But that’s not all.
Back at the 2018 Asian Games (Asiad), Lee also got to represent Korea, as Esports was being played as a demonstration event at the Asiad. Although Korea ended up picking up a silver, finishing behind China, representing his country was a new experience for Lee.
“Although it was a demonstration event,” Lee says, “being able to wear the Taegeukgi on my chest and represent Korea did feel different.”
That Asian Games appearance was a huge moment for Esports, seen now as the moment it really began to be taken seriously as a proper sport. It’s not only the Asian Games, as there has also been talk of Esports eventually making it to the Olympics.
“When I got to compete at the Asian Games, it was definitely a good experience,” Lee says. “And if there’s a chance in the future, I would like to compete again.”
From competing to Korea and T1 to appearing in advertisements around the world and becoming the de facto ambassador for an entire sport, Lee has faced plenty of pressure from life at the top. But the 24-year-old has been living that life for so long now that he's starting to get used to it.
“In the past, I did feel some pressure,” Lee says. “But now, I just think of it as an obvious responsibility, and since I’m used to this kind of lifestyle, I don’t feel much pressure.”
Not feeling much pressure doesn’t mean that Lee doesn’t have aspirations. Despite his achievements, Lee is working to become an even better player at all times.
“Every time, I try to pass myself,” he says. “If there are areas I need to improve on, I try to find it as quickly as possible and fix them.”
As a first-generation LoL player, Faker is still considered the best in the world. Regardless of the sport, no club wants to become a one-man team, but in Lee's case, T1 really is the Faker machine.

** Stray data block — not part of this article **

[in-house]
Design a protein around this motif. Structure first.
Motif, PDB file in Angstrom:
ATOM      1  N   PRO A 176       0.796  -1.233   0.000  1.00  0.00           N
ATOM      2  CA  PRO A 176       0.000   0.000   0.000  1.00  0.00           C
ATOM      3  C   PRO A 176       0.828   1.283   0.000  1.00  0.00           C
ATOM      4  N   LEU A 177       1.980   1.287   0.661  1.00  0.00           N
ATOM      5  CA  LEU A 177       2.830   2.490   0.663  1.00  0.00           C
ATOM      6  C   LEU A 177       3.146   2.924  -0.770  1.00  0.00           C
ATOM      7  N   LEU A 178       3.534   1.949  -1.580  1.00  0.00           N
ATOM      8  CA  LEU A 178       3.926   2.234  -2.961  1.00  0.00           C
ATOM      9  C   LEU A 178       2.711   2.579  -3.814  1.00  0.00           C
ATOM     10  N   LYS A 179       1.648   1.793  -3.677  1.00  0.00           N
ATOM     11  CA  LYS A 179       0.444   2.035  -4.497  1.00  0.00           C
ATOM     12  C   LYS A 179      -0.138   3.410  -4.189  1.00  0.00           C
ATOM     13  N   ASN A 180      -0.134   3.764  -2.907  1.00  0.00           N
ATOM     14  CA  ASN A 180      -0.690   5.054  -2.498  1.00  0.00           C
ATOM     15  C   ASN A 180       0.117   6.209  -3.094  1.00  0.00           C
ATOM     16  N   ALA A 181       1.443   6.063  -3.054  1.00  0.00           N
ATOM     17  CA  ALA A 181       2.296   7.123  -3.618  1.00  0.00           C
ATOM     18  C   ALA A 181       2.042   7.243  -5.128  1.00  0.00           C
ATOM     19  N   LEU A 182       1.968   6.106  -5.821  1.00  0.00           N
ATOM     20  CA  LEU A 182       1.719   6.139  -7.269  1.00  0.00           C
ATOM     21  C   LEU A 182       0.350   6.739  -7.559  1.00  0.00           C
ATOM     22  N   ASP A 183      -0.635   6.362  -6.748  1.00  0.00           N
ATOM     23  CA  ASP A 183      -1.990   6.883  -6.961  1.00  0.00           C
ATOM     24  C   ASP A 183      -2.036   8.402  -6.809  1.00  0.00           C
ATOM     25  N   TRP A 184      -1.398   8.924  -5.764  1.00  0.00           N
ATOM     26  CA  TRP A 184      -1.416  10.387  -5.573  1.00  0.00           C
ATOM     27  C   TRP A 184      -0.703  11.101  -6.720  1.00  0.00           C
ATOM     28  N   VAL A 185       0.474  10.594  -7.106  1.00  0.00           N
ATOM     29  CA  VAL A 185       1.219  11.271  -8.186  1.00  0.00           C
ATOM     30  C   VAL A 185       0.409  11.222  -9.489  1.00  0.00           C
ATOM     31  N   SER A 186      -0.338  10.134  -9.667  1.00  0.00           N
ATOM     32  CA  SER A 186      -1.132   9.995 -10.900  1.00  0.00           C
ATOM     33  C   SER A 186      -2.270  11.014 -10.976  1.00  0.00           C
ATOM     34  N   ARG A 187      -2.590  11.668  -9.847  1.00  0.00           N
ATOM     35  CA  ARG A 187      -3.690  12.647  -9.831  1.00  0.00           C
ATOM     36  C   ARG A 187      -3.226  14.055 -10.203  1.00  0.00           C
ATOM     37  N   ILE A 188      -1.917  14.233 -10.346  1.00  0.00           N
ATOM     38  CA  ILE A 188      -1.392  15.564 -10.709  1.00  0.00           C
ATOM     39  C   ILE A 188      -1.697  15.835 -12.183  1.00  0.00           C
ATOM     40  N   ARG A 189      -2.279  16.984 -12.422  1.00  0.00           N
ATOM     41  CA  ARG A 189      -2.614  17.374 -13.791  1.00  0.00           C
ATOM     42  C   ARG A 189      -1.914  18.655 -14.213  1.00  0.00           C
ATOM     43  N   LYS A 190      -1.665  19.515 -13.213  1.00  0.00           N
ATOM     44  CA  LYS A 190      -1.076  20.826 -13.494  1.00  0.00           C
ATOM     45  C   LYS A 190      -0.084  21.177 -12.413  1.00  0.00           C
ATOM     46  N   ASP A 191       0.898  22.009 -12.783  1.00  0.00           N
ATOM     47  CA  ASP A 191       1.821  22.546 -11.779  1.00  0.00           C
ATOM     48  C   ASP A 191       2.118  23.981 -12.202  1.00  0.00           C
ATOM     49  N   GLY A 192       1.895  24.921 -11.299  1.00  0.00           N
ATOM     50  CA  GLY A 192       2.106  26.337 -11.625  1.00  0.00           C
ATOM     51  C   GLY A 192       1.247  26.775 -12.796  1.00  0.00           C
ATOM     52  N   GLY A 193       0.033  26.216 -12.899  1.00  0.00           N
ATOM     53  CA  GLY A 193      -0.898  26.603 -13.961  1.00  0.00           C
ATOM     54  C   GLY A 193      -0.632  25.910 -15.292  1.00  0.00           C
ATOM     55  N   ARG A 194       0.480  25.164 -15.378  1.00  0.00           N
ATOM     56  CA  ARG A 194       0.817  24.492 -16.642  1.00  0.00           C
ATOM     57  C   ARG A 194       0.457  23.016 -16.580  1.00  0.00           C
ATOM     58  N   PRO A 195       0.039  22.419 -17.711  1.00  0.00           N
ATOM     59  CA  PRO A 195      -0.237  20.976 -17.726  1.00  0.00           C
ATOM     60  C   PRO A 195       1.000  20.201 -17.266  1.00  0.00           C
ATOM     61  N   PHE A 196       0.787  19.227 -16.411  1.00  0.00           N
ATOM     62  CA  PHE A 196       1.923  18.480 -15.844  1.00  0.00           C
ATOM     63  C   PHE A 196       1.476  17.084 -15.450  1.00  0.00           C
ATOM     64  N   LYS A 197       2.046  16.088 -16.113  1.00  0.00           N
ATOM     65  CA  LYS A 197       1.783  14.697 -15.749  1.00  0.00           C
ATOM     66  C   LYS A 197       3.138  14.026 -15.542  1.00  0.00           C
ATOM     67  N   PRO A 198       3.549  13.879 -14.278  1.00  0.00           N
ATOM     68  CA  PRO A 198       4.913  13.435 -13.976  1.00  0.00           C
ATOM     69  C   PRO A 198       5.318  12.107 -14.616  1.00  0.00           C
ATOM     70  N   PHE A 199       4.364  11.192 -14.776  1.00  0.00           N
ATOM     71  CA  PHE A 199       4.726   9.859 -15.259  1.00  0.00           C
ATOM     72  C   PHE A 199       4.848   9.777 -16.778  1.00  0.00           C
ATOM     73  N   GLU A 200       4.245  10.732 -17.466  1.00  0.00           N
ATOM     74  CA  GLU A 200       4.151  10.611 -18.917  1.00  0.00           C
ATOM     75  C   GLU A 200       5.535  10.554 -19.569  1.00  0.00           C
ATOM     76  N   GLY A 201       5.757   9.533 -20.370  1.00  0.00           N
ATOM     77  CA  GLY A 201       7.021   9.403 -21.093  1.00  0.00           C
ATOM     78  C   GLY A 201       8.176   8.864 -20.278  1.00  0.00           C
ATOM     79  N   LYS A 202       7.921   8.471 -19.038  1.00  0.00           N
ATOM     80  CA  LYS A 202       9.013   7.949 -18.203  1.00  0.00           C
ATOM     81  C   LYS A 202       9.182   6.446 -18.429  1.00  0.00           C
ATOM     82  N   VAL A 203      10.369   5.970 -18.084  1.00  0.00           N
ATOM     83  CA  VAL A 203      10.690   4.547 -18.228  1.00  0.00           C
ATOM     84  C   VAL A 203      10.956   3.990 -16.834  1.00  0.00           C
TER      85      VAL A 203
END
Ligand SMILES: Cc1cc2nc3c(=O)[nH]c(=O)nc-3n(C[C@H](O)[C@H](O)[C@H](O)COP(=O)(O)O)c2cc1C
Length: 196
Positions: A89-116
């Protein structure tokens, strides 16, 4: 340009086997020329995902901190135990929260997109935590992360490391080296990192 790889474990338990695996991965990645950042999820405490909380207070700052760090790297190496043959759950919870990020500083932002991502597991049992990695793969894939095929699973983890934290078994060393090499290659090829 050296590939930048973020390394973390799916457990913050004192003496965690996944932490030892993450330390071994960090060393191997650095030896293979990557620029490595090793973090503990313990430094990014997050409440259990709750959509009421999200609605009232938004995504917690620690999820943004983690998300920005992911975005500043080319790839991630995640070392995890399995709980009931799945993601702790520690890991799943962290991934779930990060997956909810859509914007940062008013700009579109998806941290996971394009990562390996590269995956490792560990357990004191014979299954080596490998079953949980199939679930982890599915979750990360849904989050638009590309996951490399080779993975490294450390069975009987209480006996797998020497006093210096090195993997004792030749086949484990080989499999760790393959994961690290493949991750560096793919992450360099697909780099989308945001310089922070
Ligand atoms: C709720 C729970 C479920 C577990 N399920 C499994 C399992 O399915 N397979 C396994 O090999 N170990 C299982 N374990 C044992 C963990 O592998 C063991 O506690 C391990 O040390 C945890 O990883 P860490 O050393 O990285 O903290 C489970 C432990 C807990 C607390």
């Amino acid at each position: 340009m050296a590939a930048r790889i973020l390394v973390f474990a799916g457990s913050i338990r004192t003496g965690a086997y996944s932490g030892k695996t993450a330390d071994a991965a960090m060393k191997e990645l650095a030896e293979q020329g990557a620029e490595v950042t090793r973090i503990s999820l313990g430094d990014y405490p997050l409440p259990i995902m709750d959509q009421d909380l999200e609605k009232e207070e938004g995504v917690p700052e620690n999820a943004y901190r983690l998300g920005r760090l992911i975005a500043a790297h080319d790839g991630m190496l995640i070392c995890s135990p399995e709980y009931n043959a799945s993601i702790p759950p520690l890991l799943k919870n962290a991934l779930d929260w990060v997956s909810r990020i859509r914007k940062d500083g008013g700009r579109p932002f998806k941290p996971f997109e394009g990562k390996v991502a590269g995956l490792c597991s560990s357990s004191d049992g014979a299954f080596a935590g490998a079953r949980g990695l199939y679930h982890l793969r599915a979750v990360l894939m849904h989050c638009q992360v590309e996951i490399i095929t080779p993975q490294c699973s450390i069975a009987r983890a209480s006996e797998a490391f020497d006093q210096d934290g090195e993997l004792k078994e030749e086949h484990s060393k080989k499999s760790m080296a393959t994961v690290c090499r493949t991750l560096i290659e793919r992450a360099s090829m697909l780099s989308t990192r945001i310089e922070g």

“I feel that I’ve been playing [this game] for a while,” Lee says. “But since there’re still a lot of first-generation gamers playing, I don’t think I’ve really thought of myself as a first-generation gamer.”
He may not have considered himself a first-generation gamer in the world of LoL, but looking at his achievement with T1, Lee's resume is pages long. Considering his outstanding performance, even T1’s CEO Joe Marsh and COO John Kim both agreed that “Faker is T1.”
Faker isn't as keen to stand alone in the spotlight.
“[T1] is a team that I’m part of,” Lee says. “I’ve been with T1 for a very long time. So I think a lot of people could put me and T1 together.”
Every season, Lee is offered millions of dollars from other clubs around the world, but he has never left T1. With his loyalty to the club, he has now become part owner and captain of the team.
Despite now having a stake in the company, Lee says he doesn’t feel different.
“There aren’t any major changes compared to the past,” Lee says. “Since I’m still active as a pro gamer, it feels the same.”
Moving forward, he has goals both for Faker and for his future career as Lee.
“Since I’m focusing on my career as a pro, my goal is to win as many titles as possible,” Faker says. “Looking beyond that, I want to keep on doing what I want to do and live happily. That’s my goal.”
BY KANG YOO-RIM [firstname.lastname@example.org]